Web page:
A guest post by Mette Harrison
My bio reads, “I love Mormonism, but I don’t believe in the church.” Recently someone asked me about this, confused. How could these two things be separate? And also, they reminded me, we don’t call ourselves “Mormon” anymore.
But I do. I call myself Mormon, though I don’t attend church at the moment. And I love Mormonism as much as anyone.
I love the Mormonism that taught me when I was a child that any untutored young boy (and I thought then, girl, too) could go to a grove of trees and pray and that God would appear to that boy or girl and speak to them because God would speak to us all if we asked.
The Mormonism of my childhood taught me that being peculiar meant you were blessed by God. It was nothing to be ashamed of, but to be celebrated.
The Mormonism of my childhood gave me confidence in public speaking.
Mormonism taught young me that I didn’t need to be afraid of the wilderness, real or metaphorical. I could learn skills that would serve me well there, and in the rest of my life.
Mormonism taught me that families are forever, and even if I didn’t know what that meant, I clung to the idea that somehow, we were connected to each other deeply.
Mormonism taught me that motherhood was important, and that women’s skills, passed from mother to daughter or grandmother to granddaughter, were as great an art as any in the world, and to glory in the beauty these skills gave to me.
Mormonism taught me that education is something you keep forever, that knowledge doesn’t end in this world.
Mormonism taught me that science is not separate from religion, and that God makes sense of all the truths in the world and is bound by the laws of the universe.
Mormonism taught me that God would speak to me and tell me what my mission in life was. I listened, and God told me at a young age (5) that I was destined to be a writer, and that I would tell important stories, some of them about being Mormon.
Mormonism taught me that I wasn’t just a body, that my mind and my soul were housed there, but that seeing myself only as a commodity was diminishing to me.
Mormonism taught me that sometimes magic is real and can’t be explained by science, at least not the science we know now.
Mormonism taught me to ask questions, even if no one knew the answers, and even if other people told me it was rude or arrogant to point out that no one knew the answers.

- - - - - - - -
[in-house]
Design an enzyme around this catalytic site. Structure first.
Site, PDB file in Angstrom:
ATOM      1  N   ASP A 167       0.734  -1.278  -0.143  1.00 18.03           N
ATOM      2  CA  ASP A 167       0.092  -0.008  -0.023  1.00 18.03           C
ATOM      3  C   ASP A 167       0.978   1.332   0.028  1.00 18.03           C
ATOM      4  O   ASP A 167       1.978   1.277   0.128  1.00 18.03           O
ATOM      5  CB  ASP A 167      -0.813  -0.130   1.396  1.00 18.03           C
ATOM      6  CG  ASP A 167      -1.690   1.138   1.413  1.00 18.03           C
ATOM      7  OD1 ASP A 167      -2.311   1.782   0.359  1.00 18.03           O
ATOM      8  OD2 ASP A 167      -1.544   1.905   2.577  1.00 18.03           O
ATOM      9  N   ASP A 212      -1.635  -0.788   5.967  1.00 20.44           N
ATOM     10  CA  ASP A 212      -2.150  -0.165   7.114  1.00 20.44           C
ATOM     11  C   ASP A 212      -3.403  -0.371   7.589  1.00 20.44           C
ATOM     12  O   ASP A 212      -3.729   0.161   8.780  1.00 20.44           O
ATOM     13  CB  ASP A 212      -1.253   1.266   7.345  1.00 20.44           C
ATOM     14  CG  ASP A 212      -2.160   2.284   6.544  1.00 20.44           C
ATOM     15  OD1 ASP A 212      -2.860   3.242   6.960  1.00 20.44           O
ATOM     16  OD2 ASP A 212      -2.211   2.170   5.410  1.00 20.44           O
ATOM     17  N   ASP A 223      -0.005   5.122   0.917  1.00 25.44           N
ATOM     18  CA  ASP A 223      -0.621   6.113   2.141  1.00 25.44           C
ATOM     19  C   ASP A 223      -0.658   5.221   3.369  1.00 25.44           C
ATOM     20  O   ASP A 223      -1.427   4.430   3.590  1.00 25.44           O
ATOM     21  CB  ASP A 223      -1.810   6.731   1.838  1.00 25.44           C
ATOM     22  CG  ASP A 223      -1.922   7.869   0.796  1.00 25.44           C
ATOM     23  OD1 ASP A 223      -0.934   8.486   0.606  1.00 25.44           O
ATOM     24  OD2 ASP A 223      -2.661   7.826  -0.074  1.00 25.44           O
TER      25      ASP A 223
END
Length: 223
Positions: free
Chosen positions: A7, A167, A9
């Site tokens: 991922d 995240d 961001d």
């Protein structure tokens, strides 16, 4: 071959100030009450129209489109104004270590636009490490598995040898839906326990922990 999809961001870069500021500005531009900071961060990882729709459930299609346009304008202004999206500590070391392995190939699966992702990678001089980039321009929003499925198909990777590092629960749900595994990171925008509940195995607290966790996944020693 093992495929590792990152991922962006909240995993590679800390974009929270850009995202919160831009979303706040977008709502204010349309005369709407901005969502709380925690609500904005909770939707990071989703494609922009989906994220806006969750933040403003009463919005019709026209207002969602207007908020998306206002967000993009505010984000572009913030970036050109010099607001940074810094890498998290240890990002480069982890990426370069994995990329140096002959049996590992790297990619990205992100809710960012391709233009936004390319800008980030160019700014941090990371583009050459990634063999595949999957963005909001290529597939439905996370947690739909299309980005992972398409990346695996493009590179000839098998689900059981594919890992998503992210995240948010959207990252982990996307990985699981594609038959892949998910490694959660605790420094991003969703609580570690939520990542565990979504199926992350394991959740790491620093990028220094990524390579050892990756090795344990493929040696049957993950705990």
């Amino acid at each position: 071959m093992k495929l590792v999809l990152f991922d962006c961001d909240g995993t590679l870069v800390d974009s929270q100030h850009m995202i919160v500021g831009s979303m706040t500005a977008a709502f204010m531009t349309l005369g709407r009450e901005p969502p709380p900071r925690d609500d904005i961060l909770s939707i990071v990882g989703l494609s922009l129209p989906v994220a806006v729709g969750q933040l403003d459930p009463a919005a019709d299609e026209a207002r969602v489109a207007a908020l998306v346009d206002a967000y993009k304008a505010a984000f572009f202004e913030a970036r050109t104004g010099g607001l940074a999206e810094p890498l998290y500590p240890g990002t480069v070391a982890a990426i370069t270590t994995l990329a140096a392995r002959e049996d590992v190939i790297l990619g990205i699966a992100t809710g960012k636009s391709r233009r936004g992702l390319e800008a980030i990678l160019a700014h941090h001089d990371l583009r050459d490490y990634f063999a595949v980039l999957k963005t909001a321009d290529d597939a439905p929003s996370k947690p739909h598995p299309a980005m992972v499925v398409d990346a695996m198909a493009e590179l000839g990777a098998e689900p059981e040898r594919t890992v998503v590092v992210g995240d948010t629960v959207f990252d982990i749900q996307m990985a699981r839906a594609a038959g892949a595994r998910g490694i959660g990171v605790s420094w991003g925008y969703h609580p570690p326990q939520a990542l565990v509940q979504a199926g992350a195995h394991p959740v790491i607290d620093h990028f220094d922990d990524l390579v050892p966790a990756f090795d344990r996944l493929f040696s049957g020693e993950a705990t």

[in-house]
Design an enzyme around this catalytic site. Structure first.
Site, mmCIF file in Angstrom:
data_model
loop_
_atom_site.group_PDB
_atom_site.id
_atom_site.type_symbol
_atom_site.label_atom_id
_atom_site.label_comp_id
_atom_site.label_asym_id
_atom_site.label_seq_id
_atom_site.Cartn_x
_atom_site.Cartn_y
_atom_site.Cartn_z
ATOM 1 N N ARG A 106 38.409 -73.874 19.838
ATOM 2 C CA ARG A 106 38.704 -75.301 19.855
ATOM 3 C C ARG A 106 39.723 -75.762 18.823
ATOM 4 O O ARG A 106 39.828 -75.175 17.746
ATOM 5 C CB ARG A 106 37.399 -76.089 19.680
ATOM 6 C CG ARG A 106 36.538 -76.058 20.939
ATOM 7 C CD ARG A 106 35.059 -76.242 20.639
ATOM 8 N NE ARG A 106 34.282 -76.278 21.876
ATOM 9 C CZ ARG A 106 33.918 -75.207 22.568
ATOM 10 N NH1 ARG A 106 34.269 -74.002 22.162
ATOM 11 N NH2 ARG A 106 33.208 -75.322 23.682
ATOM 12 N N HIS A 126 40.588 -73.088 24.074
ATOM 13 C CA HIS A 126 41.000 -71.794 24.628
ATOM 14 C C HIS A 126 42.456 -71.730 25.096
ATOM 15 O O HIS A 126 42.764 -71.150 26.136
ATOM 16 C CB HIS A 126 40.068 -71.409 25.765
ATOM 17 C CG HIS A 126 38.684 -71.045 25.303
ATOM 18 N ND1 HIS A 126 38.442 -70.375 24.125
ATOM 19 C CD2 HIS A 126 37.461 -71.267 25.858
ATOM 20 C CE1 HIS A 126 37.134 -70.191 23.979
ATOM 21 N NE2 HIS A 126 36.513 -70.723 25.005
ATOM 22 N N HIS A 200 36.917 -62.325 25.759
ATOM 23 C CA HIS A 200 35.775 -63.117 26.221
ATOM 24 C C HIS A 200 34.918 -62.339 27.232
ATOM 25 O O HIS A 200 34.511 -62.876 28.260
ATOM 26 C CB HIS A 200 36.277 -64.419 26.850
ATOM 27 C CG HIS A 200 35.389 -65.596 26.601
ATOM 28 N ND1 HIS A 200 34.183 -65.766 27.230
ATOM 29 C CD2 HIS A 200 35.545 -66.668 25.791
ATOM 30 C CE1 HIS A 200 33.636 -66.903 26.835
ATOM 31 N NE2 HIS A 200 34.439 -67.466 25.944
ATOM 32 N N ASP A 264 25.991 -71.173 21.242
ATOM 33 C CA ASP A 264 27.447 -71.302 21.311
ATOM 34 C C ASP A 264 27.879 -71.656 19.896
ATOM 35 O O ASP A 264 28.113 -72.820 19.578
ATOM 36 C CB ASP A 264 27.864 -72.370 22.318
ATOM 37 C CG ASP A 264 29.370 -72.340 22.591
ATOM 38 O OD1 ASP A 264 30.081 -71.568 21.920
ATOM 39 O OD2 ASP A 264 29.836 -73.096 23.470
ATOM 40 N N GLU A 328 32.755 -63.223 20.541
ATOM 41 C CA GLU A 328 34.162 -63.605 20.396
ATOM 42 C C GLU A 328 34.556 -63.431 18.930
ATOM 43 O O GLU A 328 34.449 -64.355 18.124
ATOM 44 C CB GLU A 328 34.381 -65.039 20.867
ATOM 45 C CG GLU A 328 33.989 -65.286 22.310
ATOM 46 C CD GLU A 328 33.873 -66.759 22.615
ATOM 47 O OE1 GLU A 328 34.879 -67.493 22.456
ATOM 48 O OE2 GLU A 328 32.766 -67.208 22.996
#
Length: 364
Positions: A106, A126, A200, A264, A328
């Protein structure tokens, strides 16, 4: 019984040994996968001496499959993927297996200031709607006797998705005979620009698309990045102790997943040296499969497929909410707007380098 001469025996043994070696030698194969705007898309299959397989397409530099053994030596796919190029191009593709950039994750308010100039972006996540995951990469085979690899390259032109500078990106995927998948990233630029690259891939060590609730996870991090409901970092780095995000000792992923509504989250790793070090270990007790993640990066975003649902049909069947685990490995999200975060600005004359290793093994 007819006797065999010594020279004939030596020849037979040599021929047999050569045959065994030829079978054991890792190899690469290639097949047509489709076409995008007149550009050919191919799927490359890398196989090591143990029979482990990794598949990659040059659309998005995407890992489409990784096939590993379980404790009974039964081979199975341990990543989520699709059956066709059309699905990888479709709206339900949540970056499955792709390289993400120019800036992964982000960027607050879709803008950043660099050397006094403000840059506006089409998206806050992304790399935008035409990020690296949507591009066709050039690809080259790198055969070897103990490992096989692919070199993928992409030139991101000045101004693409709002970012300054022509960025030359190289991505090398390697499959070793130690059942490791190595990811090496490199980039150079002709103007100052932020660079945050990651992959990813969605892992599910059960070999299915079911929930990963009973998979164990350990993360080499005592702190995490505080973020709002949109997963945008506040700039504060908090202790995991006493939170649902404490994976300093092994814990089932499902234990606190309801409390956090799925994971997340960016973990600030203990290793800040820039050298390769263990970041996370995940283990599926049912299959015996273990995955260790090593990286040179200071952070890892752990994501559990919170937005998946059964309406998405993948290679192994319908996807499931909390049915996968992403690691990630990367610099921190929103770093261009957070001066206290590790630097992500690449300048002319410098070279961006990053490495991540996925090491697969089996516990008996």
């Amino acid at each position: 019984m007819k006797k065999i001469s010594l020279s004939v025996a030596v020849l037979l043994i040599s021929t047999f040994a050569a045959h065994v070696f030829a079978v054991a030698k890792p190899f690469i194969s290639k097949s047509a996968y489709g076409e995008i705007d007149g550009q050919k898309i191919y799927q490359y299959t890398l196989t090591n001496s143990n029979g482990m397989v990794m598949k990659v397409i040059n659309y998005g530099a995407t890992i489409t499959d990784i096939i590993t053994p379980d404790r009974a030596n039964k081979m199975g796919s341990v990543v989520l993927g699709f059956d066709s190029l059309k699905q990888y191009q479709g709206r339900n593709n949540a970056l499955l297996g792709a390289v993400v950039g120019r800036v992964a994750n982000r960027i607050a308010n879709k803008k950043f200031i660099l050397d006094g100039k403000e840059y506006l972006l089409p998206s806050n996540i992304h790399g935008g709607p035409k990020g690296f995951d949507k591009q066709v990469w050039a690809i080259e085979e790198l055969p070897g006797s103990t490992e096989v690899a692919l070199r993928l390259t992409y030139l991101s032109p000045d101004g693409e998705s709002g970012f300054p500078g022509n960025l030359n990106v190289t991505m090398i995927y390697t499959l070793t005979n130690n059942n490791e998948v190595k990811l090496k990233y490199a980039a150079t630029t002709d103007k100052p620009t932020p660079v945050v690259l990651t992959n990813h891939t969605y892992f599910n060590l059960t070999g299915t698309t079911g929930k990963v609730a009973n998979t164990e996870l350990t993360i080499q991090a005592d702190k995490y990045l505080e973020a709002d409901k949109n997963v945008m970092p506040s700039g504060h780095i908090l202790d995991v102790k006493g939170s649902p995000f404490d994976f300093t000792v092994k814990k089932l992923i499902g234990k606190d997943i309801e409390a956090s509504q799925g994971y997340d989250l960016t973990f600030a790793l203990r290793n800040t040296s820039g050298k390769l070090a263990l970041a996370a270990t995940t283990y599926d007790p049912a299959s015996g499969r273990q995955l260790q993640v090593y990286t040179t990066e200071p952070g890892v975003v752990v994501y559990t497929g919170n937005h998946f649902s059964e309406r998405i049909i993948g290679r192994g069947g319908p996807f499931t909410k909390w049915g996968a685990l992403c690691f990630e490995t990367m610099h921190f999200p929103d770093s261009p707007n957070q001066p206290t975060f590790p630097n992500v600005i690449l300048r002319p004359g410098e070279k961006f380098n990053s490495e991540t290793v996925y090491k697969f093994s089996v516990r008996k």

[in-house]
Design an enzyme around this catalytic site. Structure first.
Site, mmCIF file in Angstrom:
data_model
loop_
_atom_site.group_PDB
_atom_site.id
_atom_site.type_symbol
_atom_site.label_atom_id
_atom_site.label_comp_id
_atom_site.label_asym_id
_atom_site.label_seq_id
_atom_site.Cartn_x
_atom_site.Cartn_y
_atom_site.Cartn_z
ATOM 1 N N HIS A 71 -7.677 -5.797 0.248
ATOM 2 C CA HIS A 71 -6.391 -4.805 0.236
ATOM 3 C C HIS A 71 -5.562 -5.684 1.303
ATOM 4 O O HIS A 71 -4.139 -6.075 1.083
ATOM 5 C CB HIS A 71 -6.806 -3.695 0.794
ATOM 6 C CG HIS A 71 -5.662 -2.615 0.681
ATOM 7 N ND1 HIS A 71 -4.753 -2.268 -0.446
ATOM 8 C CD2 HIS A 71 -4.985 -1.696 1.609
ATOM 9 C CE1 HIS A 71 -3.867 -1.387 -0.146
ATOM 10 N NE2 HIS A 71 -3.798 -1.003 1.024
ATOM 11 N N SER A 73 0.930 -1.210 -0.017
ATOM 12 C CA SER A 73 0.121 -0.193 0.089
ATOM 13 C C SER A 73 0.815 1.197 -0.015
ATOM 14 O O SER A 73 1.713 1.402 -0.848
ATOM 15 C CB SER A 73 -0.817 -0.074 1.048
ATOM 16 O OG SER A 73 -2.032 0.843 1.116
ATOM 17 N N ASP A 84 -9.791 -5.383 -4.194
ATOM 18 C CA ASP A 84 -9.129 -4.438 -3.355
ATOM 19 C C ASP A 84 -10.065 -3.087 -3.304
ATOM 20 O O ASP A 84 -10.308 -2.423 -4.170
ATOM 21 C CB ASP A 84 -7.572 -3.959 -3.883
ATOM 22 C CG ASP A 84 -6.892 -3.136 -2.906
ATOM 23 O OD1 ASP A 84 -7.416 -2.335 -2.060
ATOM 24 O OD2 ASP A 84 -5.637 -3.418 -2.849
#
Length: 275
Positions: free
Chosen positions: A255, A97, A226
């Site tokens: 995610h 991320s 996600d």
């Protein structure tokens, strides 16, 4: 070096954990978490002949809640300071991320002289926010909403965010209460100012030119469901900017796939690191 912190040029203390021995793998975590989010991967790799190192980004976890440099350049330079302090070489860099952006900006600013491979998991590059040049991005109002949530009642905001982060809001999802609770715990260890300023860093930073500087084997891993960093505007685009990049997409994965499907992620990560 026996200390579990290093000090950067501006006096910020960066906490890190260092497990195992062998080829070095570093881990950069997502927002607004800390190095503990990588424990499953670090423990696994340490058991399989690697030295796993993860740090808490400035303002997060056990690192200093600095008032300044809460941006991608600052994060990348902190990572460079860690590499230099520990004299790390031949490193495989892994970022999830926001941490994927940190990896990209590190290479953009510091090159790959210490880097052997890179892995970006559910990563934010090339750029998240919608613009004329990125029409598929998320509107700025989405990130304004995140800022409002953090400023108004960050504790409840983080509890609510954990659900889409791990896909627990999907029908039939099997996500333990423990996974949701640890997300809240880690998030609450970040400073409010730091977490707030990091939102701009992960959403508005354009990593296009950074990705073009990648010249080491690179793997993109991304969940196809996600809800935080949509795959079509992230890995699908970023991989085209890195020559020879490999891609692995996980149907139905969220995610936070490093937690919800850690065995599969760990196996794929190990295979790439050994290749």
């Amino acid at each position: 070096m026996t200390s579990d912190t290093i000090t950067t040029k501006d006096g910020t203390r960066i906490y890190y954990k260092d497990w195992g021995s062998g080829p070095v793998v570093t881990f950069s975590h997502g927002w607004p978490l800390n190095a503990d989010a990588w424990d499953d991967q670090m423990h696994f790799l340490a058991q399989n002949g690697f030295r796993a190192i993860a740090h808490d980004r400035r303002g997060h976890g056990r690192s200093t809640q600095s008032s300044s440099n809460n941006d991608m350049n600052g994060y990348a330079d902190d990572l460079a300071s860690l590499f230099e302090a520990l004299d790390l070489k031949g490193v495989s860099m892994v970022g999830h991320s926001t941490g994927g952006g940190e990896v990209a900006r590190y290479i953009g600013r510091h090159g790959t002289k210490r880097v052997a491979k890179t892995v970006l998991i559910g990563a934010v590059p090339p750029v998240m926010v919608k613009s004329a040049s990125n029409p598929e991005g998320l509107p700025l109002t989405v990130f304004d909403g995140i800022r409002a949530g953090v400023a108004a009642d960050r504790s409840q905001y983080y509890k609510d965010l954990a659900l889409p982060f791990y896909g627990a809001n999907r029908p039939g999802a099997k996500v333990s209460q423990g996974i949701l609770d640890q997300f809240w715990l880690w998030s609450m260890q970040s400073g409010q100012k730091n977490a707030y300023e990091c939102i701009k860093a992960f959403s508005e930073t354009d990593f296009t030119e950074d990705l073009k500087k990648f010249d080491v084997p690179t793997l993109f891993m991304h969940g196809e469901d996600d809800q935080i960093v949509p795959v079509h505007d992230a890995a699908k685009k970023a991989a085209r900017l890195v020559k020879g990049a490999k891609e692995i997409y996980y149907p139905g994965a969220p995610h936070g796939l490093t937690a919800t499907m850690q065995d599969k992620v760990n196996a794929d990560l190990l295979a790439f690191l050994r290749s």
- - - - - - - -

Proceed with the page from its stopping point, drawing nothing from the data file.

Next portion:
The Mormon pioneers taught me that some things are worth dying for, and also that some things are worth living for. They taught me that I can do hard things, too, and that sometimes this means giving up my old world, even my old family, to go forward.
Mormonism taught me that the best parts of life are shared with people who are on this journey with me, and that no matter how hard it is, we can stop and sing a song. And no matter how meager our belongings, they will feel richer with sharing.
Mormonism taught me that there were always women and girls saving the scriptures, greeting the Christ at the resurrection, and bearing testimony to others of divinity.
Mormonism taught me to have courage and to use my voice.
Mormonism taught me not to accept what other people assume must be true, but to seek for deeper understanding.
Mormonism taught me how to knit and crochet, how to can peaches, how to bake homemade bread with food storage wheat, and how to make a recipe work with whatever I had on hand.
Mormonism taught me never to despair, but to have hope in myself and in the future.
Mormonism taught me that God’s love is never-ending and that God always wants us to return to the power of our role as children of God, as potential gods ourselves.
Mormonism taught me to look into the eyes of my children and see gods there, too.
I love these lessons. I cherish them still. I hope that I taught these lessons to my children.
Other posts by Mette Harrison:
- How to be Mormon, in just 73 easy steps!
- Being excluded from a Mormon temple wedding
- The best Mormon Family Home Evening ever